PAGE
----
PASSOVER, LAST SUPPER AND EUCHARIST
The choice of the final meal contains a curious paradox: why mark the end of a life Studiofeast, an invitation-only supper club in New York City, hosts an annual set against America's already fraught relationship with food, supersized or slow, As Barry Lee Fairchild, who was executed by the state of Arkansas in Ending / spoiler for The Last Supper (), plus mistakes, quotes, trivia and more. That said, this review is of the film, The Last Supper directed by Marc and Luke end up convincing the group that Zack was an evil.
That is also a dark, satirical, comparatively low budget film, so I looked up what else Rosen did. In brief, The Last Supper is about a bunch of liberal post-graduate students who invite people over for dinner and discussion.
One night they encounter Zach Bill Paxtona military veteran who gives one of the housemates — Pete — a lift home after his car breaks down. They invite Zach in for dinner and he spouts off a bunch of Nazi apologist nonsense and they end up killing him. They murder nearly a dozen people, while the relationships in the house fall apart and the police start to suspect them.
Continues with The Last Supper | Zack & Nick's Culture Cast
In the background of this story are two key plot points — 1 a missing girl who is presumed kidnapped and murdered. And 2 The character of Norman Arbuthnot, played by Ron Perlman, a right wing talking head based loosely on Rush Limbaugh, but these days has echoes of the likes of Jordan Peterson and Milo Yiannopoulos. In the first full scene of the film four of the housemates are sitting around eating their hummus and chopped carrots and watching Arbuthnot on the TV. He says a bunch of inflammatory but meaningless stuff, they get pissed off, and one of them switches it off.
This is a great set up for two of the major themes in The Last Supper — the problems of echo chambers, and liberal hypocrisy. This becomes clear in the first dinner and murder scene, when Pete turns up in a thunderstorm with Zach, who has rescued him from the rain. After all, with so much of history we go on the basis of diaries, letters, photographs and other partial, first-hand evidence like eye-witnesses.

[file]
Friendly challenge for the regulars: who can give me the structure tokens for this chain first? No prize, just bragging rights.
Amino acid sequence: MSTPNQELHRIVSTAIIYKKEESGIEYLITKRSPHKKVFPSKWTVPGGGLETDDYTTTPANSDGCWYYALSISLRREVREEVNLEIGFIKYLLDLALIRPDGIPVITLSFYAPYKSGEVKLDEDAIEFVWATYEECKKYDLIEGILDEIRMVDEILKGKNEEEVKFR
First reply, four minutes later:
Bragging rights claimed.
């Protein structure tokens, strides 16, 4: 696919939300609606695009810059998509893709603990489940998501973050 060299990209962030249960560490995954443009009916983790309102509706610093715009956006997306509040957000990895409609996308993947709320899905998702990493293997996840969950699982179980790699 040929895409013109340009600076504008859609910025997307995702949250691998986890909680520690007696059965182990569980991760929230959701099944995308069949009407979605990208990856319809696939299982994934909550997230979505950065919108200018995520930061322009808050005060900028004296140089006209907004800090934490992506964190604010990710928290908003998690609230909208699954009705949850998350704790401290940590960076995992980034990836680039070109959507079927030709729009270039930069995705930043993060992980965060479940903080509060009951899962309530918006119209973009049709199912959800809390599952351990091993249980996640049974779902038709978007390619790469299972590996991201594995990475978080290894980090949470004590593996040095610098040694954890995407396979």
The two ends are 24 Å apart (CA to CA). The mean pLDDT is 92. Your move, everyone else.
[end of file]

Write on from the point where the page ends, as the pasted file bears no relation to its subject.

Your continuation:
But instead of any of that, we get this: He starts a recurring conversation about whether it would be right to kill Hitler in and prevent all those deaths. Luke poisons the dessert wine with arsenic, and they bring over a reverend, a member of the Muslim Brotherhood, a young woman who is suing her school because of their mandatory sex education policies, another who believes in bombing abortion clinics.
They end up killing all of them and burying them in the back garden. Before we move onto the political dimensions of all this, I do want to highlight how all kinds of mystery school ideas find their way into the script.
More on that in a forthcoming episode.
ClandesTime - The Last Supper | Spy Culture
Also, that they are a cult or secret society with a predetermined membership, and that they all have to agree that someone has it coming to them before they murder the dinner guest.
While Luke is effectively the leader and founder of the cult, there is no hierarchy, there is only the initiated five housemates and the uninitiated. Then there is the ritual nature of what they do.